• 06.06.12

Xbox SmartGlass Aims To Reshape TV Watching, Via iPad

Is SmartGlass the first time we’ve seen entertainment reach two screens? No, but it may be the best.

Xbox SmartGlass Aims To Reshape TV Watching, Via iPad

“This is the time we’ll always remember for the rest of our lives. Entertainment is being more transformed than it’s ever been. What I spend all my time thinking about is, with so much content streaming into the living room, how can we make that experience natural enough that people will enjoy it?” That’s Marc Whitten. He’s the head visionary behind Xbox Live. And in an era when Microsoft is facing living room competition from, not just Sony and Nintendo, but Google and Apple, he’s been assigned a preposterous task of keeping an aging console platform competitive with whatever Tokyo, Cupertino, and Mountain View could announce next.


In light of this impossible competition, Microsoft’s new strategy for the Xbox 360 is both shocking and totally obvious. It’s called SmartGlass, and while Sony, Google, Nintendo, and Apple are all presenting walled-garden products, SmartGlass will welcome them all with open arms. (Well, those that have open APIs, at least.)

SmartGlass will be an app for iOS, Android, and Windows 8 devices–connecting up to four devices simultaneously to an Xbox 360. You load it, and the app syncs with your Xbox 360 and the Live cloud. From there, SmartGlass can let you touch-navigate around your dashboard like a Wi-Fi remote, but that’s really just the tip of the iceberg. In apps like HBO Go, SmartGlass will provide an entire second screen of content–not just DVD extras, but dynamic content like revealing a map of Westeros that tracks the location of each scene in Game of Thrones in real time.

Since SmartGlass can stream data from the 360 or the cloud, the bounds of content are limited only by the imagination of the Internet. “Look at all the reality or sort of music shows on TV, and think about how that content can be augmented by having deeply synchronized simple experiences,” Whitten teases. Immediately my mind buzzes with the first successful integration of all those TV 2.0 scenarios we’ve been promised for decades, like playing along with Jeopardy from the couch, only to be interrupted when Alex Trebek knocks on your door with a giant check.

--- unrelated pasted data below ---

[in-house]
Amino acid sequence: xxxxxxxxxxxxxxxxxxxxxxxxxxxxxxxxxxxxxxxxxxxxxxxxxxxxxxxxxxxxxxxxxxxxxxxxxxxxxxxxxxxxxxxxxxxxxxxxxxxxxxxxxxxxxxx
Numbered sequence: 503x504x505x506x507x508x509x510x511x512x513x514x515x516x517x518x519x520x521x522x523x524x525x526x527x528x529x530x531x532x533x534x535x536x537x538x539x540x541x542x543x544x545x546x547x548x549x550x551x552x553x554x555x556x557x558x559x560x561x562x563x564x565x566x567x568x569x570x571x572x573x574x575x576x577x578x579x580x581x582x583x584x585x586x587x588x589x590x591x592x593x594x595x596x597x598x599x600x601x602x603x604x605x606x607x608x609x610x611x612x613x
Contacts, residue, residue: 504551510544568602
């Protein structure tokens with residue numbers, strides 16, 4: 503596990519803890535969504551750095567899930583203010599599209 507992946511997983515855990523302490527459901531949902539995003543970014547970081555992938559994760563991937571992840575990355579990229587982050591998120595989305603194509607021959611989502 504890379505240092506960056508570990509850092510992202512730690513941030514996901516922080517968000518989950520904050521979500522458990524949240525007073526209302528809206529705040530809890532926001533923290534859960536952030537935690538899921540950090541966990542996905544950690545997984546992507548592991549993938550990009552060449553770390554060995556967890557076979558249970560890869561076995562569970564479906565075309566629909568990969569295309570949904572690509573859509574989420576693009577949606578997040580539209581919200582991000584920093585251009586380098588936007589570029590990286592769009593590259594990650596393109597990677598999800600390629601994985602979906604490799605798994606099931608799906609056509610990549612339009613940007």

But the brilliance of SmartGlass isn’t just that it’s capable, it’s that the experience always configures itself passively. “Entertainment is there for people to relax,” maintains Whitten. So SmartGlass isn’t filled with menus and app icons; instead, it just auto-propagates content to correlate with anything on the 360.

The other, loosely related capability of SmartGlass is that it’s Microsoft’s long-sought solution to browsing the web from a TV. The 360 will be getting a version of Internet Explorer that will be clickable through the trackpad-like controls of a tablet. And maybe more importantly, iPads/iPhones, however ducking flawed their keyboards may be, may finally solve the problem of typing from the couch.

“I’ve worked on text input in the living room for literally a decade now. I can talk about more reasons on why it won’t work than anybody,” Whitten tells us. “Meanwhile, I have this phone, and I actually use the keyboard on that phone to write hundreds of text messages a day. Why can’t I use the same mechanism I use all day [on the couch at night]?”


That basic philosophy–“Why can’t I use the same mechanism?”–is the driving force behind SmartGlass. It’s consumer-friendly because no one has to buy another controller that’s clearly a crappy iPad knockoff. It’s user-friendly because many UI elements will mimic whatever device you already own. And it’s a digital coup, as Microsoft is enlisting the hundreds of millions of touch-screen devices sold by their competitors to innovate their own platform.

But most importantly of all? SmartGlass will keep TV a relatively lazy experience. Because while I may want to choose who gets the Bachelor’s next rose, I sure don’t want to find myself out in a field picking it.

About the author

Mark Wilson is a senior writer at Fast Company. He started, a simple way to give back every day.